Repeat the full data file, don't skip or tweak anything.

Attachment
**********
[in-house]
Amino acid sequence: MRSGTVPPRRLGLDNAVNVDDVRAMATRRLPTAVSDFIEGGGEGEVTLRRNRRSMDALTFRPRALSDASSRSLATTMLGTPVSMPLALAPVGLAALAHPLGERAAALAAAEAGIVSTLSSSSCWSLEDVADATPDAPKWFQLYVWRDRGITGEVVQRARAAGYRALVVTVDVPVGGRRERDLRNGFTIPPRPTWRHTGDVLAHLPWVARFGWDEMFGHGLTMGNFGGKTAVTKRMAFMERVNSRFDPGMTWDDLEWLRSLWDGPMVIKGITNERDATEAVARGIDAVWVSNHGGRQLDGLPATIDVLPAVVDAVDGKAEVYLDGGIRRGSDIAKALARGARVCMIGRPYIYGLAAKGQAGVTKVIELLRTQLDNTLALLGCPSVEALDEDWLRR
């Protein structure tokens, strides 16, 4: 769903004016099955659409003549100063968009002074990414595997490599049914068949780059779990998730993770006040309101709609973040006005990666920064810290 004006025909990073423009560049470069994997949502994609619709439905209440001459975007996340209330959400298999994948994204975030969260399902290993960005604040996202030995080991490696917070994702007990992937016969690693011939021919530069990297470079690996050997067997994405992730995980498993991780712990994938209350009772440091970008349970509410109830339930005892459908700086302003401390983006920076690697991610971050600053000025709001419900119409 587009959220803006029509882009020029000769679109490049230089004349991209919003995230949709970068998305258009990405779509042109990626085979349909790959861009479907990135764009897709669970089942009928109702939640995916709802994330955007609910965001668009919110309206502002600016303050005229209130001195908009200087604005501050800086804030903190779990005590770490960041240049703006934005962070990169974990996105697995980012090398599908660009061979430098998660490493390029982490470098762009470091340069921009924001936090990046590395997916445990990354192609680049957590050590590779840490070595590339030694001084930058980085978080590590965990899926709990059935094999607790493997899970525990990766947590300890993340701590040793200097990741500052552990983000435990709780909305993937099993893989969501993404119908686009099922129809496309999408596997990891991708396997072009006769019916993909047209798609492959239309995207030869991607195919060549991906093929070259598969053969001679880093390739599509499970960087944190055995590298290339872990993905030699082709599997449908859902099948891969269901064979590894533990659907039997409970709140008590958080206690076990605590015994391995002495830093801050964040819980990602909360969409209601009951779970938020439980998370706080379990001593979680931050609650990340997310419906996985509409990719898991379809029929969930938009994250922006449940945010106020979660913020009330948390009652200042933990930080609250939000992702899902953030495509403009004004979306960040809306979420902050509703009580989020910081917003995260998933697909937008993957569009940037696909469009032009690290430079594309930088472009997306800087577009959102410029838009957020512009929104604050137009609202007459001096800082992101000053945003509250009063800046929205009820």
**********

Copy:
[in-house]
Amino acid sequence: MRSGTVPPRRLGLDNAVNVDDVRAMATRRLPTAVSDFIEGGGEGEVTLRRNRRSMDALTFRPRALSDASSRSLATTMLGTPVSMPLALAPVGLAALAHPLGERAAALAAAEAGIVSTLSSSSCWSLEDVADATPDAPKWFQLYVWRDRGITGEVVQRARAAGYRALVVTVDVPVGGRRERDLRNGFTIPPRPTWRHTGDVLAHLPWVARFGWDEMFGHGLTMGNFGGKTAVTKRMAFMERVNSRFDPGMTWDDLEWLRSLWDGPMVIKGITNERDATEAVARGIDAVWVSNHGGRQLDGLPATIDVLPAVVDAVDGKAEVYLDGGIRRGSDIAKALARGARVCMIGRPYIYGLAAKGQAGVTKVIELLRTQLDNTLALLGCPSVEALDEDWLRR
């Protein structure tokens, strides 16, 4: 769903004016099955659409003549100063968009002074990414595997490599049914068949780059779990998730993770006040309101709609973040006005990666920064810290 004006025909990073423009560049470069994997949502994609619709439905209440001459975007996340209330959400298999994948994204975030969260399902290993960005604040996202030995080991490696917070994702007990992937016969690693011939021919530069990297470079690996050997067997994405992730995980498993991780712990994938209350009772440091970008349970509410109830339930005892459908700086302003401390983006920076690697991610971050600053000025709001419900119409 587009959220803006029509882009020029000769679109490049230089004349991209919003995230949709970068998305258009990405779509042109990626085979349909790959861009479907990135764009897709669970089942009928109702939640995916709802994330955007609910965001668009919110309206502002600016303050005229209130001195908009200087604005501050800086804030903190779990005590770490960041240049703006934005962070990169974990996105697995980012090398599908660009061979430098998660490493390029982490470098762009470091340069921009924001936090990046590395997916445990990354192609680049957590050590590779840490070595590339030694001084930058980085978080590590965990899926709990059935094999607790493997899970525990990766947590300890993340701590040793200097990741500052552990983000435990709780909305993937099993893989969501993404119908686009099922129809496309999408596997990891991708396997072009006769019916993909047209798609492959239309995207030869991607195919060549991906093929070259598969053969001679880093390739599509499970960087944190055995590298290339872990993905030699082709599997449908859902099948891969269901064979590894533990659907039997409970709140008590958080206690076990605590015994391995002495830093801050964040819980990602909360969409209601009951779970938020439980998370706080379990001593979680931050609650990340997310419906996985509409990719898991379809029929969930938009994250922006449940945010106020979660913020009330948390009652200042933990930080609250939000992702899902953030495509403009004004979306960040809306979420902050509703009580989020910081917003995260998933697909937008993957569009940037696909469009032009690290430079594309930088472009997306800087577009959102410029838009957020512009929104604050137009609202007459001096800082992101000053945003509250009063800046929205009820």